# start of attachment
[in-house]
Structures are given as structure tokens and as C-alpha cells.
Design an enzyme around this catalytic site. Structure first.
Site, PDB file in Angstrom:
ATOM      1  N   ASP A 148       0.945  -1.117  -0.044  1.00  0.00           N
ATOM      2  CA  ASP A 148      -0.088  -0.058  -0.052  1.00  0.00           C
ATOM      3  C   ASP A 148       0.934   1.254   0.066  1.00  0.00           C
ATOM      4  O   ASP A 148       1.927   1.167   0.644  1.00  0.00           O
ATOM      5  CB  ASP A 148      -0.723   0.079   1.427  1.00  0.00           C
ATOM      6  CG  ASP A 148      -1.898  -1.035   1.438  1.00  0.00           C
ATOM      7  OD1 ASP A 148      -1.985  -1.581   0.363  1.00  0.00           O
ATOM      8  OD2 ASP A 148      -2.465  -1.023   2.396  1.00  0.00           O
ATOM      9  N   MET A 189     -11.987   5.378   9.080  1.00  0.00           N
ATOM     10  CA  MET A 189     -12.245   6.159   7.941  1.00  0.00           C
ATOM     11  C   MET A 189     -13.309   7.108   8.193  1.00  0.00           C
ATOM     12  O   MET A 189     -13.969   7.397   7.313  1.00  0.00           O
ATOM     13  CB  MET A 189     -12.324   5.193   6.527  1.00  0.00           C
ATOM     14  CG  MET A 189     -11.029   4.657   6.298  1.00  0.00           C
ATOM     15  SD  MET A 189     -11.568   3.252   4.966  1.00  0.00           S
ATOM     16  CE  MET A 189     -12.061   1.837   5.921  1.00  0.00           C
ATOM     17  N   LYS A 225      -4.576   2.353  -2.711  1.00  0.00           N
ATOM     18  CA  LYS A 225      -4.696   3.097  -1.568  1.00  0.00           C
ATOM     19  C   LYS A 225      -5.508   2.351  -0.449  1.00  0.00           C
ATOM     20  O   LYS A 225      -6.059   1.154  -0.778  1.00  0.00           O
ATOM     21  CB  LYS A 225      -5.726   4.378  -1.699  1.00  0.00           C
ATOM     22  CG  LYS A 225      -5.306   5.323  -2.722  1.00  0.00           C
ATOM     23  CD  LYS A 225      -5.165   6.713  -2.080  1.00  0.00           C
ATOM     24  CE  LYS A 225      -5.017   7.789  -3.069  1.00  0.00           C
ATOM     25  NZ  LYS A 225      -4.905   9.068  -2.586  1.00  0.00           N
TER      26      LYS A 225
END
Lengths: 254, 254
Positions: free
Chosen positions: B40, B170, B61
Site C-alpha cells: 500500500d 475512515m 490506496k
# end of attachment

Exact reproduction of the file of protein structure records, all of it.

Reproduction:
[in-house]
Structures are given as structure tokens and as C-alpha cells.
Design an enzyme around this catalytic site. Structure first.
Site, PDB file in Angstrom:
ATOM      1  N   ASP A 148       0.945  -1.117  -0.044  1.00  0.00           N
ATOM      2  CA  ASP A 148      -0.088  -0.058  -0.052  1.00  0.00           C
ATOM      3  C   ASP A 148       0.934   1.254   0.066  1.00  0.00           C
ATOM      4  O   ASP A 148       1.927   1.167   0.644  1.00  0.00           O
ATOM      5  CB  ASP A 148      -0.723   0.079   1.427  1.00  0.00           C
ATOM      6  CG  ASP A 148      -1.898  -1.035   1.438  1.00  0.00           C
ATOM      7  OD1 ASP A 148      -1.985  -1.581   0.363  1.00  0.00           O
ATOM      8  OD2 ASP A 148      -2.465  -1.023   2.396  1.00  0.00           O
ATOM      9  N   MET A 189     -11.987   5.378   9.080  1.00  0.00           N
ATOM     10  CA  MET A 189     -12.245   6.159   7.941  1.00  0.00           C
ATOM     11  C   MET A 189     -13.309   7.108   8.193  1.00  0.00           C
ATOM     12  O   MET A 189     -13.969   7.397   7.313  1.00  0.00           O
ATOM     13  CB  MET A 189     -12.324   5.193   6.527  1.00  0.00           C
ATOM     14  CG  MET A 189     -11.029   4.657   6.298  1.00  0.00           C
ATOM     15  SD  MET A 189     -11.568   3.252   4.966  1.00  0.00           S
ATOM     16  CE  MET A 189     -12.061   1.837   5.921  1.00  0.00           C
ATOM     17  N   LYS A 225      -4.576   2.353  -2.711  1.00  0.00           N
ATOM     18  CA  LYS A 225      -4.696   3.097  -1.568  1.00  0.00           C
ATOM     19  C   LYS A 225      -5.508   2.351  -0.449  1.00  0.00           C
ATOM     20  O   LYS A 225      -6.059   1.154  -0.778  1.00  0.00           O
ATOM     21  CB  LYS A 225      -5.726   4.378  -1.699  1.00  0.00           C
ATOM     22  CG  LYS A 225      -5.306   5.323  -2.722  1.00  0.00           C
ATOM     23  CD  LYS A 225      -5.165   6.713  -2.080  1.00  0.00           C
ATOM     24  CE  LYS A 225      -5.017   7.789  -3.069  1.00  0.00           C
ATOM     25  NZ  LYS A 225      -4.905   9.068  -2.586  1.00  0.00           N
TER      26      LYS A 225
END
Lengths: 254, 254
Positions: free
Chosen positions: B40, B170, B61
Site C-alpha cells: 500500500d 475512515m 490506496k